Fragment Cover450Fragments of Peace in a World at War

by John Candler Cobb, MD, MPH and Renny Russell
143 Pages
ISBN: 978-0976053958

Hardcover $29.95
Softcover $19.95

 In photographs and poetry, Fragments of Peace in a World at War takes the reader on an emotional journey behind the front lines of World War II in the Middle East, North Africa, and Italy. Jock Cobb registered as a conscientious cbjector during the war and volunteered with the American Field Service Ambulance Corps. A student of famed photographer Laura Gilpin, he converted his ambulance into a field darkroom and returned home with more than a thousand black-and-white negatives that documented his experience on the front lines. After the war, Cobb immersed himself in medical school, family, and his career, while his wartime negatives sat in a box for sixty years. In the past decade, Cobb re-opened the box and the difficult memories that the images evoked. The result is Fragments of Peace in a World at War, a collection of 107 photographs described in poetry and narrative through the voices of Cobb and his longtime friend and fellow ambulance driver, Charles Edwards. A unique perspective on World War II, Cobb's book is a priceless contribution to the fields of photography, history, and peace studies that will benefit those who seek to understand the enduring consequences of war.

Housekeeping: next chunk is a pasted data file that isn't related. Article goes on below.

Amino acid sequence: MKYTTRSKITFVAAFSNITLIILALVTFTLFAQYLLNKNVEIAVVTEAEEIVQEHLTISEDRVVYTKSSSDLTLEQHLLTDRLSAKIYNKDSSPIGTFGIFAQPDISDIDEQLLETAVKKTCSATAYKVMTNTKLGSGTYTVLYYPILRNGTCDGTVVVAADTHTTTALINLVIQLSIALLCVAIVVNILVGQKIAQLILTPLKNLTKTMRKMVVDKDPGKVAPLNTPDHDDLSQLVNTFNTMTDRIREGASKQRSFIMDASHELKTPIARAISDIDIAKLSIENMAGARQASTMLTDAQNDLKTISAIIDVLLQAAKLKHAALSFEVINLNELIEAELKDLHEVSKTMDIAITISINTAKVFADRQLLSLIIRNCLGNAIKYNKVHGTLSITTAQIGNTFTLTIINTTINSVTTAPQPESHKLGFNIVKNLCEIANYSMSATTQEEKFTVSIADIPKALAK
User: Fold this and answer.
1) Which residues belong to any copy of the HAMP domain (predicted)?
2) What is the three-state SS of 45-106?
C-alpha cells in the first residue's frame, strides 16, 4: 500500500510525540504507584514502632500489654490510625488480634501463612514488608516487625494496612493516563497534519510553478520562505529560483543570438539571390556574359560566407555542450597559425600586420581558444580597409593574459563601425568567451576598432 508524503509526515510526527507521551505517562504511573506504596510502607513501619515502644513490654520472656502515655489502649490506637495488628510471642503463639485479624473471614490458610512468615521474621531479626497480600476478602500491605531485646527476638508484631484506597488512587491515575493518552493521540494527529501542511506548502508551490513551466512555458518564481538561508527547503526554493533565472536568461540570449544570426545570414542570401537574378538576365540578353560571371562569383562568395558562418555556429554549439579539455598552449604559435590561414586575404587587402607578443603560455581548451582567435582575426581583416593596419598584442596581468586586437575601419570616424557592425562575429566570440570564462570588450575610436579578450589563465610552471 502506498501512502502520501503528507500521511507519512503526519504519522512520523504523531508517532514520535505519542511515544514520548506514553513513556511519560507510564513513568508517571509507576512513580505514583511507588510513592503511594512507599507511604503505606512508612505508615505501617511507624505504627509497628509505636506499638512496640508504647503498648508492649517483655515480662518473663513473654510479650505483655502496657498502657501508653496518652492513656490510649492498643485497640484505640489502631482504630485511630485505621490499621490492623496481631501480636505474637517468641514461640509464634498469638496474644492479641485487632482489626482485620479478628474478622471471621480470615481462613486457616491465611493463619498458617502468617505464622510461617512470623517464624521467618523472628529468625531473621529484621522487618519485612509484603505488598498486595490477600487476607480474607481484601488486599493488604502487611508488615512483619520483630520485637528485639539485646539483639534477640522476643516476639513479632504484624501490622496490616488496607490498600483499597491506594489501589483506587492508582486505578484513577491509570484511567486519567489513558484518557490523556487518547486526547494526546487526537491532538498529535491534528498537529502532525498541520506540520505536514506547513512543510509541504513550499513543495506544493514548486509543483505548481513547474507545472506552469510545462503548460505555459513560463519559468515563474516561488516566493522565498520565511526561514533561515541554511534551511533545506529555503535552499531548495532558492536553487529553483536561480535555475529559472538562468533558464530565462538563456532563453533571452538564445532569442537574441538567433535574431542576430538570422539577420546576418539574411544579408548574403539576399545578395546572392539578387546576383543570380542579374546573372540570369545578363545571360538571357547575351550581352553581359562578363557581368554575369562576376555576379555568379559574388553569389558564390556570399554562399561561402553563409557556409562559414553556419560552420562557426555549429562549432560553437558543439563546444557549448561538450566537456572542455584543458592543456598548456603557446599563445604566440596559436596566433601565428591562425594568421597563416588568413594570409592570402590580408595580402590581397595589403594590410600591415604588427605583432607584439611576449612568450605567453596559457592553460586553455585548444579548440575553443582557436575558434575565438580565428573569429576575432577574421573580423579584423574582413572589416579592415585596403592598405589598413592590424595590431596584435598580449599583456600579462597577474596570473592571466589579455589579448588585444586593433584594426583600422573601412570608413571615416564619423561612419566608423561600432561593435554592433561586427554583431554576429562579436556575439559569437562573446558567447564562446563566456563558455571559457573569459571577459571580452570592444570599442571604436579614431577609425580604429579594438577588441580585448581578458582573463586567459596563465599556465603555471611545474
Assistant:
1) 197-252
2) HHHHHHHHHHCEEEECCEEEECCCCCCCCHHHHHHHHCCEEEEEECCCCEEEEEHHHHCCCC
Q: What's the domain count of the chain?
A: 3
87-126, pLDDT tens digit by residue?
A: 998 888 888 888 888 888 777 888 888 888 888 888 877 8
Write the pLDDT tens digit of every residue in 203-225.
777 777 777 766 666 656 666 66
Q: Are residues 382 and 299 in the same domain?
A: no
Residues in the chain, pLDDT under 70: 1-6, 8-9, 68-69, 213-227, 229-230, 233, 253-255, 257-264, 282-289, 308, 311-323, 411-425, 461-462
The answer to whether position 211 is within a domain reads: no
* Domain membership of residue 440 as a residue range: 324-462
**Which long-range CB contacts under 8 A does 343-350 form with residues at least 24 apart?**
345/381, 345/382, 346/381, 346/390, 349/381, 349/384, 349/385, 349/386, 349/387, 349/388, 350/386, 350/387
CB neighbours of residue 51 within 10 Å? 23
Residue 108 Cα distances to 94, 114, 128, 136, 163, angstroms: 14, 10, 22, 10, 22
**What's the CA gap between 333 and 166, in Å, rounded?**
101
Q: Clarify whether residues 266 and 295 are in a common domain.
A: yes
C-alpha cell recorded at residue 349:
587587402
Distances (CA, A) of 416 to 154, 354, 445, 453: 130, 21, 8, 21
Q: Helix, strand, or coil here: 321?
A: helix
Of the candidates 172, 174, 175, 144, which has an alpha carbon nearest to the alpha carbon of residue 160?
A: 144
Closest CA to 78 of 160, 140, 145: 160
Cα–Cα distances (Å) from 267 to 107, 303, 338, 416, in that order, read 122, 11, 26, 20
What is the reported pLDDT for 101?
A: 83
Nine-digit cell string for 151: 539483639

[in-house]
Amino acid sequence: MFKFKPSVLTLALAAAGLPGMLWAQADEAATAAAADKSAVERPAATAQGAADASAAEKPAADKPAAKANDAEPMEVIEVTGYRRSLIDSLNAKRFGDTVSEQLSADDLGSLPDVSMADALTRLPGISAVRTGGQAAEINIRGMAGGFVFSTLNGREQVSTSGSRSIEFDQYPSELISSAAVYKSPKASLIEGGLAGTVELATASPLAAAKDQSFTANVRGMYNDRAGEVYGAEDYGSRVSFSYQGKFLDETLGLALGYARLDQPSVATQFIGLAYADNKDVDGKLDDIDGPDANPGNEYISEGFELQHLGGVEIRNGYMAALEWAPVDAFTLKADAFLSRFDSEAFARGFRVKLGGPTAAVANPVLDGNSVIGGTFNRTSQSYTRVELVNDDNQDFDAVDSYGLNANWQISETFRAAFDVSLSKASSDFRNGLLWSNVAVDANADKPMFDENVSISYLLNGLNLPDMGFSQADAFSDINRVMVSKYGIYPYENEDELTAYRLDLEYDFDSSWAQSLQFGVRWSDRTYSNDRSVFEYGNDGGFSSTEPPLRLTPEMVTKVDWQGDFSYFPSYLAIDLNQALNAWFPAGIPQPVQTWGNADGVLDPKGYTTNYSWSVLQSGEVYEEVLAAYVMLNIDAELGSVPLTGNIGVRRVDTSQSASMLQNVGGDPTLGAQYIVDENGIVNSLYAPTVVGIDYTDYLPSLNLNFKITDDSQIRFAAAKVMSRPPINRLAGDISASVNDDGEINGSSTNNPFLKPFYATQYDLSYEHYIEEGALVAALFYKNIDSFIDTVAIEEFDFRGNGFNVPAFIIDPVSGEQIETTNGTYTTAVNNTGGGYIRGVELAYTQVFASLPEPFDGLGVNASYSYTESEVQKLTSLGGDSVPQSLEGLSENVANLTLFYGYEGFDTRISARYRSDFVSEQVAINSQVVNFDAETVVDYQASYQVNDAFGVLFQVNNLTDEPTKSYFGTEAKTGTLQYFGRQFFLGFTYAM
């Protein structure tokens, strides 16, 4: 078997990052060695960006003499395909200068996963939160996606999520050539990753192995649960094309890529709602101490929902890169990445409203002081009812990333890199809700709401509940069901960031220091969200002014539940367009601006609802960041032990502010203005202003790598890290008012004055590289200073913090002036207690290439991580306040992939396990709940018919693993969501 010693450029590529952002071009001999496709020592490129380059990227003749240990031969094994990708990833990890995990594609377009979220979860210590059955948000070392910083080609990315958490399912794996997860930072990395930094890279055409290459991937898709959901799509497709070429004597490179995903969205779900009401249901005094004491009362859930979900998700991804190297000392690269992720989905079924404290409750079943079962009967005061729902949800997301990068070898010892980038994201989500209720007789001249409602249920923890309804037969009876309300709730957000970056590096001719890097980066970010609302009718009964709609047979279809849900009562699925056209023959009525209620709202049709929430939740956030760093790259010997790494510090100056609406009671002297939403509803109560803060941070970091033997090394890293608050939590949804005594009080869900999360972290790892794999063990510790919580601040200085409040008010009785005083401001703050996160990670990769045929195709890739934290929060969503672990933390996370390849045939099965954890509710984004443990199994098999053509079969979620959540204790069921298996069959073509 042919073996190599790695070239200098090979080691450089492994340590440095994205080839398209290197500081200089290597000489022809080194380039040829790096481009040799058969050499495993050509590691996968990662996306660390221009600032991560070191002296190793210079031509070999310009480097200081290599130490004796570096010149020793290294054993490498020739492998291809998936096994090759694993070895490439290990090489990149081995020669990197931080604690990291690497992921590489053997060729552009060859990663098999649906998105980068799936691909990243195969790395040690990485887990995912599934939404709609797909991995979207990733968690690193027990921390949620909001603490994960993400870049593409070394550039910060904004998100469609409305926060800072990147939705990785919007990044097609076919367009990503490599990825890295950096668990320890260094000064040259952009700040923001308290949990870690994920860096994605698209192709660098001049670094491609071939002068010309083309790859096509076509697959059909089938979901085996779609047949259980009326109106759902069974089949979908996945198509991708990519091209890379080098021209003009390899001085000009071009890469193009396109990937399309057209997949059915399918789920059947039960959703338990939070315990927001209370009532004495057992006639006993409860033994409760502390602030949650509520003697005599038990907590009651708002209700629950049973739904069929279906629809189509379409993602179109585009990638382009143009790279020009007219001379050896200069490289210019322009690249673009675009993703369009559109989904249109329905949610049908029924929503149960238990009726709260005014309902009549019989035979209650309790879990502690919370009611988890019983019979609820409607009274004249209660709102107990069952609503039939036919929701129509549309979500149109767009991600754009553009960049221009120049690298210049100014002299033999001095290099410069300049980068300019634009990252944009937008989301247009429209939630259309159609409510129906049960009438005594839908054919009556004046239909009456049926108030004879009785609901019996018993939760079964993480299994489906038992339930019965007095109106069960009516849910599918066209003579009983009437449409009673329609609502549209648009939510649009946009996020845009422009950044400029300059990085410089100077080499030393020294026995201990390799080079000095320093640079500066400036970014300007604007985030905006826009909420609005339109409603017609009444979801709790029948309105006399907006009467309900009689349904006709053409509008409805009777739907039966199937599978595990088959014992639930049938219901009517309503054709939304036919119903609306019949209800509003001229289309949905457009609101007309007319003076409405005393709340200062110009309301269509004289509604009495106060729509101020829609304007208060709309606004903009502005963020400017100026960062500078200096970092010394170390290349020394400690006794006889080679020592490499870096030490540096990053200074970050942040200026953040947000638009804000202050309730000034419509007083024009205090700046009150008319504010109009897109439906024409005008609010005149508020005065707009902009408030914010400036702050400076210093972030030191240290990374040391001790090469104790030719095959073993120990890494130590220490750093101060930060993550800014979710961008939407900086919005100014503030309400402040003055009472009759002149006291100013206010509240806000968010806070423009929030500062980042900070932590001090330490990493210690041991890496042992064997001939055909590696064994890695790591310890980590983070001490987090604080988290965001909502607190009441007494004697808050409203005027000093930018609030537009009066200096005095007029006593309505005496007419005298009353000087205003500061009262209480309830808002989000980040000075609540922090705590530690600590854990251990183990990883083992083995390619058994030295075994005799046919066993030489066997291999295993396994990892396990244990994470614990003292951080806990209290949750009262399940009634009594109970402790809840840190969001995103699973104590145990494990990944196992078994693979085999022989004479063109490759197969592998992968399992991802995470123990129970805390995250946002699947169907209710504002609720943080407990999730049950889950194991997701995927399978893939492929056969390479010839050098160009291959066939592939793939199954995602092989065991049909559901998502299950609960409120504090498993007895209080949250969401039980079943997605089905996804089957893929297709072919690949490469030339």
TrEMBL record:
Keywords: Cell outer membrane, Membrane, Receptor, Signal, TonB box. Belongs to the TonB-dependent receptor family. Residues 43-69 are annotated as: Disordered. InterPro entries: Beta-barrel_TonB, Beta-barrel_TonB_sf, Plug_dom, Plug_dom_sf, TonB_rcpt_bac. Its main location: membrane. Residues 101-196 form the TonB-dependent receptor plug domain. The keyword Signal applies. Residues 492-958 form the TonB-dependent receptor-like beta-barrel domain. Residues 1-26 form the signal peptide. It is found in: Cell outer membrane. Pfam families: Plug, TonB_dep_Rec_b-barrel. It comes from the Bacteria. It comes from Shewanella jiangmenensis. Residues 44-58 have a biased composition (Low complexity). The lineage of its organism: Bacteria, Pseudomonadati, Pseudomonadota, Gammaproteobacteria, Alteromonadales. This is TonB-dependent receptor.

"Jock Cobb and I were ambulance drivers in the front lines during World War II, both having enlisted with a little-known organization called the American Field Service. His photos, often fearsome, sometimes heartwarming, offer us fascinating insights into the nature of warfare. Cobb succeeded in capturing dramatically both the military and civilian aspects of the war. Having now gained a much broader perspective on those events I find that these photos, with their accompanying poetic lines, speak to me even more than my memories of that time when our boots were actually in the mud. The reader who is drawn into these pages will be richly rewarded." - Forrest Williams, Professor Emeritus of Philosophy, University of Colorado

"For more than sixty years, Jock Cobb's WWII photographs from North Africa and Italy sat in a box, the landscapes and human faces of war out of sight but not out of mind. Using the ambulance he drove for the American Field Service as a mobile darkroom, Cobb had preserved his life on the frontlines in stunning photos that he and his son chose for the book and framed with commentary and poetry.

Cobb captures daily scenes of war in photos of the vast Syrian-Iraqi desert, in the bustling Lebanese marketplaces, and in Italian architecture blown to bits. Other images remind viewers of the often harsh and sometimes unexpected realities of war---soldiers piled in the scorching sun, the wounded on stretchers, and POW camps full of enemies-turned-allies.

The fact that Jock Cobb was able to develop his photos at all--in the back of an ambulance, battling sand and enemy mortar--is incredible. His photos capture places in the news and at conflict again, including Libya, Tunisia, and Egypt, as Cobb provides a unique focus on war through the lens of pacifism in this compelling historic account." - review